James Caughey (c.1810-91)
James Caughey was born in Northern Ireland. Little is known of his early life before he emigrated with his parents to the United States. In 1830, he was working in a flour mill in New York state and was converted there during a revival. Caughey entered the American Methodist ministry and worked within the Troy Conference in New York state and New England. His reputation as a revivalist spread and he received invitations to preach as far afield as Canada.
In 1841 Caughey travelled to England and within a few years had established a reputation as the 'King of the Revivalist Preachers' in the industrial areas of the Midlands and the North. His success sprang from forceful preaching and a commanding pulpit presence. Caughey was not a theologian but 1specialised in presenting the gospel in a simple but effective fashion.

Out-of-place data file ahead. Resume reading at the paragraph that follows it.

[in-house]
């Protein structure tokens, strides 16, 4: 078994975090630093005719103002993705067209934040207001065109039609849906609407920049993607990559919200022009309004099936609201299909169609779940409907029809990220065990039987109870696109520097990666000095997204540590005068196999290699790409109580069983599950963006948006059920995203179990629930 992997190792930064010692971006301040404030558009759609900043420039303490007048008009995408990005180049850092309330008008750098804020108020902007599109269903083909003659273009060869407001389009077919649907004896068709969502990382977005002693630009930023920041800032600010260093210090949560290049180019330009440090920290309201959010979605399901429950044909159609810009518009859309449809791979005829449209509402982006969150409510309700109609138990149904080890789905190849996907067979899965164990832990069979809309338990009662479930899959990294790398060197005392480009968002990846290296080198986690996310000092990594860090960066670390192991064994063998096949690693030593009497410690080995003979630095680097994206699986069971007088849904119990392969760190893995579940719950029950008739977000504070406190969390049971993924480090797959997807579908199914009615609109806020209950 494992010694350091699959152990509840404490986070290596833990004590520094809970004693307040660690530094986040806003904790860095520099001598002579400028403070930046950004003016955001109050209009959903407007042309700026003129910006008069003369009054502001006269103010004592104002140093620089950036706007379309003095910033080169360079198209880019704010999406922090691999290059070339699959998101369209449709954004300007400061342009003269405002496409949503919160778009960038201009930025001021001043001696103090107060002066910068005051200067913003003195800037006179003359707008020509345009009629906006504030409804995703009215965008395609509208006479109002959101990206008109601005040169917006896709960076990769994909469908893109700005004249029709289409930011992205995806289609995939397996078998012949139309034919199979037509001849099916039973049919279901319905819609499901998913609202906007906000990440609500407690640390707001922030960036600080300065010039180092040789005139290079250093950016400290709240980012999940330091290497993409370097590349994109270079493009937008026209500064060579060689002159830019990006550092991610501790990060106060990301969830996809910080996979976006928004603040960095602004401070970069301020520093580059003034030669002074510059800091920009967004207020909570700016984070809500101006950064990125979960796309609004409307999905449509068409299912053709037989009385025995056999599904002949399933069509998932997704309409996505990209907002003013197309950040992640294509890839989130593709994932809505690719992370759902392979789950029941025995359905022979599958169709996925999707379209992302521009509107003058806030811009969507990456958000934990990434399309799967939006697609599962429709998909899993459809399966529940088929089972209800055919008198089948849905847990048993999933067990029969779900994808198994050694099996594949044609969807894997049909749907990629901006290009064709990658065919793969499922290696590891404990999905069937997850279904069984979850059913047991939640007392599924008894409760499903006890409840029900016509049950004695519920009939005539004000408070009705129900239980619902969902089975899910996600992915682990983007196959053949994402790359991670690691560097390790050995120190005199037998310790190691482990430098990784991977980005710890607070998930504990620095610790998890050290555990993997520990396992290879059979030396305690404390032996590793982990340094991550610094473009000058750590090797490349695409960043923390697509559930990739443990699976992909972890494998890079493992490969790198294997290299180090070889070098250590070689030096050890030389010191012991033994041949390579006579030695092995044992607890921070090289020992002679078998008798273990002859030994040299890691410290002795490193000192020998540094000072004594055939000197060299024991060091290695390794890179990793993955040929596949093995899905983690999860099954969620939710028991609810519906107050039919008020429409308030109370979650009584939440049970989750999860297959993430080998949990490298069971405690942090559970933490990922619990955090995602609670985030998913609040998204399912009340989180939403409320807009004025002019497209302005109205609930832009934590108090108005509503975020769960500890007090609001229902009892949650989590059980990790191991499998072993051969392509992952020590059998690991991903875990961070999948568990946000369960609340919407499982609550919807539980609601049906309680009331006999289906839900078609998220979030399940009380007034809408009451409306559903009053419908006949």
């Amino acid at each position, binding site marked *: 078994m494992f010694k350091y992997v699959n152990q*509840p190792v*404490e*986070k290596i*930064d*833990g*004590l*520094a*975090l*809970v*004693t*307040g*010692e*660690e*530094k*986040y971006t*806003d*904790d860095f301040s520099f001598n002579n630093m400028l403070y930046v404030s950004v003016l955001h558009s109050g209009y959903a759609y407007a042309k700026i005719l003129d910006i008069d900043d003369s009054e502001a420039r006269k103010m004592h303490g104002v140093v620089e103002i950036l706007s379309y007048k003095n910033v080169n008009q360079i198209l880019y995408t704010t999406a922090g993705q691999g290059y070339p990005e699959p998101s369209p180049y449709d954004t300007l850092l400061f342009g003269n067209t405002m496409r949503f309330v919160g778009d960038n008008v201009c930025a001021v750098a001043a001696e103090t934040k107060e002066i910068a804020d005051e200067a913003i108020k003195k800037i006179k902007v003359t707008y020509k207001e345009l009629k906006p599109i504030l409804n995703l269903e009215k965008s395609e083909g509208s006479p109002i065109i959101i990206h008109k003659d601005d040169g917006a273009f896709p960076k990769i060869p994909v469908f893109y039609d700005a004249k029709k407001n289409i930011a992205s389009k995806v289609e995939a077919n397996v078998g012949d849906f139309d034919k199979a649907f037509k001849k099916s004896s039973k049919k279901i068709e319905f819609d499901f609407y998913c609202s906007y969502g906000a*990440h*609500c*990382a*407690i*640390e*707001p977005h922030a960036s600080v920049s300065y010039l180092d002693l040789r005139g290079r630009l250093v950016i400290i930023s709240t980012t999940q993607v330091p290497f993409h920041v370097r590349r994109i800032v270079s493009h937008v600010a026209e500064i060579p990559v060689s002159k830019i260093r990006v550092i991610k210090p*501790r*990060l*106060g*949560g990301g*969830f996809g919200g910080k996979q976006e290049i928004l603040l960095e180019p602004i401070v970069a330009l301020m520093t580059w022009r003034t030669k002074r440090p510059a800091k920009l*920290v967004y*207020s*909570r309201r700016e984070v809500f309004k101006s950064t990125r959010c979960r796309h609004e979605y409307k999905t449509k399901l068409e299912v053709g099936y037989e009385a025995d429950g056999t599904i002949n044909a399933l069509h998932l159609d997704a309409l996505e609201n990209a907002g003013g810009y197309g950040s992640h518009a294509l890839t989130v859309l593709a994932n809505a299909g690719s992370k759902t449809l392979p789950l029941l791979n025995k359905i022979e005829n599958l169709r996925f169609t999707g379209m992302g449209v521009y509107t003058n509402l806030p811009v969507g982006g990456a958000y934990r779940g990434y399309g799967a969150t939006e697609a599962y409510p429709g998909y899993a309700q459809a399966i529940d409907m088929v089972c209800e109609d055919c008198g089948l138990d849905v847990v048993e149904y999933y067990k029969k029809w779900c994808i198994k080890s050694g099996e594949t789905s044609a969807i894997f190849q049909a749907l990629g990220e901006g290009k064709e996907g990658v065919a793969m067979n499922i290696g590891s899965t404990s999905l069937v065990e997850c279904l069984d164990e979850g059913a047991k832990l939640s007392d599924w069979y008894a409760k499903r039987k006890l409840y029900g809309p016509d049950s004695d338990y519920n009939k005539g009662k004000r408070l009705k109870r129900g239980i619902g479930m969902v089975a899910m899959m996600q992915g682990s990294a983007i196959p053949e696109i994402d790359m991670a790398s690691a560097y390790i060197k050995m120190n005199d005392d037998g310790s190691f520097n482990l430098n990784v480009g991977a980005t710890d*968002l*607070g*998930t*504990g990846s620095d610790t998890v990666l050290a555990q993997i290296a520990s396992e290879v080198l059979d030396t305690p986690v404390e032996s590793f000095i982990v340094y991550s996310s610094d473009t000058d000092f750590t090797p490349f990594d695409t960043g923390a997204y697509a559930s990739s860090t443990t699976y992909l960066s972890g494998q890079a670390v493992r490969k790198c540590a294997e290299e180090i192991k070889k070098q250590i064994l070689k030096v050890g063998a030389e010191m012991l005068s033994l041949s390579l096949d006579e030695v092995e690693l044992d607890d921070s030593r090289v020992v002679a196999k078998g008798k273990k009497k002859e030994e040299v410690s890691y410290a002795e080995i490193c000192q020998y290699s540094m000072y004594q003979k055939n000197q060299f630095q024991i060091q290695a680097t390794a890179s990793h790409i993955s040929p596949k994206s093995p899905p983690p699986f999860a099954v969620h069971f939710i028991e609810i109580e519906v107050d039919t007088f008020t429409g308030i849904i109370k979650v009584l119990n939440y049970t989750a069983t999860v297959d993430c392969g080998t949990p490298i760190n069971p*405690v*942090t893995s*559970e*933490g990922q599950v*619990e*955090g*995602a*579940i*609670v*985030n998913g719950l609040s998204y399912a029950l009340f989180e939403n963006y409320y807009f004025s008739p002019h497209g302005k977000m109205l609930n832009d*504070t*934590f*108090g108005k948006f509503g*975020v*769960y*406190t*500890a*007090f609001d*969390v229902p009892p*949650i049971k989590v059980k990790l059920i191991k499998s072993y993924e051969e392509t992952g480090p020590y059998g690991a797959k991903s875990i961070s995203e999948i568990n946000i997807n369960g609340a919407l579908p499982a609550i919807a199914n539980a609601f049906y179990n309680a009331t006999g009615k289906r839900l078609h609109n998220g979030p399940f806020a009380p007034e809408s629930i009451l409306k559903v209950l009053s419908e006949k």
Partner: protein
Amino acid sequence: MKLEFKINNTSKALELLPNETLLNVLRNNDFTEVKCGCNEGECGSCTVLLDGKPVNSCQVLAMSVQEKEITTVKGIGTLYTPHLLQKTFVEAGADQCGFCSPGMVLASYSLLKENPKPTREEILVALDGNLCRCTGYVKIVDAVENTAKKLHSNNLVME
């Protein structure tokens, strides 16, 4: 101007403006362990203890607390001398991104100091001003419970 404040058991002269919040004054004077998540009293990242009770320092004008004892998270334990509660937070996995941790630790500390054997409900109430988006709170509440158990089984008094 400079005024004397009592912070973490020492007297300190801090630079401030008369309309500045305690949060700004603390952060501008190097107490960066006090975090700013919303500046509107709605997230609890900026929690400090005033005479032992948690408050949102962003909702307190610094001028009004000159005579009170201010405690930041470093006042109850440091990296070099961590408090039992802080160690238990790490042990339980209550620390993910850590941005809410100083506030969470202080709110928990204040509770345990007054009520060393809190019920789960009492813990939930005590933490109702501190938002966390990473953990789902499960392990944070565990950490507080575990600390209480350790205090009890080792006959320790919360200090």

Caughey fell foul of the Wesleyan heirarchy led by Jabez Bunting and his supporters. By the time that he returned to North America in 1847, he had left a trail of controversy behind him. Boosted by the sale of publications concerning his ministry, Caughey was very much in demand in churches across North America. He returned to England in 1857 for a stay of two years and again in 1862. His health began to give way and Caughey retired to New Jersey after a final visit to England in the mid-1860s.
Source: Dictionary of Evangelical Biography, edited by Donald Lewis (1995)